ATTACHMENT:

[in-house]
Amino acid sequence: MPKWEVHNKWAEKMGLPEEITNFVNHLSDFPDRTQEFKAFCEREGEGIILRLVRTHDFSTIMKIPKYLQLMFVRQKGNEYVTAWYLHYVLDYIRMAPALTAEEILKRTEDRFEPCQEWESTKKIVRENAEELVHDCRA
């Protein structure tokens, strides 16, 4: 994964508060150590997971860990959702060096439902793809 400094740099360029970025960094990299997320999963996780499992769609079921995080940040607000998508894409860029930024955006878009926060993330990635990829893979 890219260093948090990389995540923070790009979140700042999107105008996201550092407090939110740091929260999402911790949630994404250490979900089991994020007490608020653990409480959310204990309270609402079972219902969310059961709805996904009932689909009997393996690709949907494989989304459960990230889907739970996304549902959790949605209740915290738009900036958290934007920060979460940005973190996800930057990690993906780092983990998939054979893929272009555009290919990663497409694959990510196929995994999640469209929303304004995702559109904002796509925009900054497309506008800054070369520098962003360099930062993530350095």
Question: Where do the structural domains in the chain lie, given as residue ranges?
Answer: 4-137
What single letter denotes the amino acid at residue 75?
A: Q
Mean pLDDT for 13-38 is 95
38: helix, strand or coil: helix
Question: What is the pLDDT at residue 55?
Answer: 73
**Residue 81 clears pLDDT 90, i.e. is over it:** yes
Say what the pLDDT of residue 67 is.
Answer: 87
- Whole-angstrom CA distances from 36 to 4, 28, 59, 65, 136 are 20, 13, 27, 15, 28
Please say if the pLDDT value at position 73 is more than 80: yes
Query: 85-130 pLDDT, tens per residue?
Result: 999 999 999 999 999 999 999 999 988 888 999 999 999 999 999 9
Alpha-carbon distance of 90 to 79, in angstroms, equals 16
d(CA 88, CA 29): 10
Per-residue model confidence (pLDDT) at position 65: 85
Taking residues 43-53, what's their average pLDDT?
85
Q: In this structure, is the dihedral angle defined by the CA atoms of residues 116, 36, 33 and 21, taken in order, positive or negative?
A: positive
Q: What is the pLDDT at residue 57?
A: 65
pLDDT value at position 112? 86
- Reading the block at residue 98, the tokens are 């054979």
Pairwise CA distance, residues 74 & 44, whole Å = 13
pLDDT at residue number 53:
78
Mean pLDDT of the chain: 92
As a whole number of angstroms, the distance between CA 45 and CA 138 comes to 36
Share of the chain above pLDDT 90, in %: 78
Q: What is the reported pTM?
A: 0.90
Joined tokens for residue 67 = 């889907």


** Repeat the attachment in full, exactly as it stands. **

[in-house]
Amino acid sequence: MPKWEVHNKWAEKMGLPEEITNFVNHLSDFPDRTQEFKAFCEREGEGIILRLVRTHDFSTIMKIPKYLQLMFVRQKGNEYVTAWYLHYVLDYIRMAPALTAEEILKRTEDRFEPCQEWESTKKIVRENAEELVHDCRA
């Protein structure tokens, strides 16, 4: 994964508060150590997971860990959702060096439902793809 400094740099360029970025960094990299997320999963996780499992769609079921995080940040607000998508894409860029930024955006878009926060993330990635990829893979 890219260093948090990389995540923070790009979140700042999107105008996201550092407090939110740091929260999402911790949630994404250490979900089991994020007490608020653990409480959310204990309270609402079972219902969310059961709805996904009932689909009997393996690709949907494989989304459960990230889907739970996304549902959790949605209740915290738009900036958290934007920060979460940005973190996800930057990690993906780092983990998939054979893929272009555009290919990663497409694959990510196929995994999640469209929303304004995702559109904002796509925009900054497309506008800054070369520098962003360099930062993530350095």
Question: Where do the structural domains in the chain lie, given as residue ranges?
Answer: 4-137
What single letter denotes the amino acid at residue 75?
A: Q
Mean pLDDT for 13-38 is 95
38: helix, strand or coil: helix
Question: What is the pLDDT at residue 55?
Answer: 73
**Residue 81 clears pLDDT 90, i.e. is over it:** yes
Say what the pLDDT of residue 67 is.
Answer: 87
- Whole-angstrom CA distances from 36 to 4, 28, 59, 65, 136 are 20, 13, 27, 15, 28
Please say if the pLDDT value at position 73 is more than 80: yes
Query: 85-130 pLDDT, tens per residue?
Result: 999 999 999 999 999 999 999 999 988 888 999 999 999 999 999 9
Alpha-carbon distance of 90 to 79, in angstroms, equals 16
d(CA 88, CA 29): 10
Per-residue model confidence (pLDDT) at position 65: 85
Taking residues 43-53, what's their average pLDDT?
85
Q: In this structure, is the dihedral angle defined by the CA atoms of residues 116, 36, 33 and 21, taken in order, positive or negative?
A: positive
Q: What is the pLDDT at residue 57?
A: 65
pLDDT value at position 112? 86
- Reading the block at residue 98, the tokens are 């054979």
Pairwise CA distance, residues 74 & 44, whole Å = 13
pLDDT at residue number 53:
78
Mean pLDDT of the chain: 92
As a whole number of angstroms, the distance between CA 45 and CA 138 comes to 36
Share of the chain above pLDDT 90, in %: 78
Q: What is the reported pTM?
A: 0.90
Joined tokens for residue 67 = 């889907």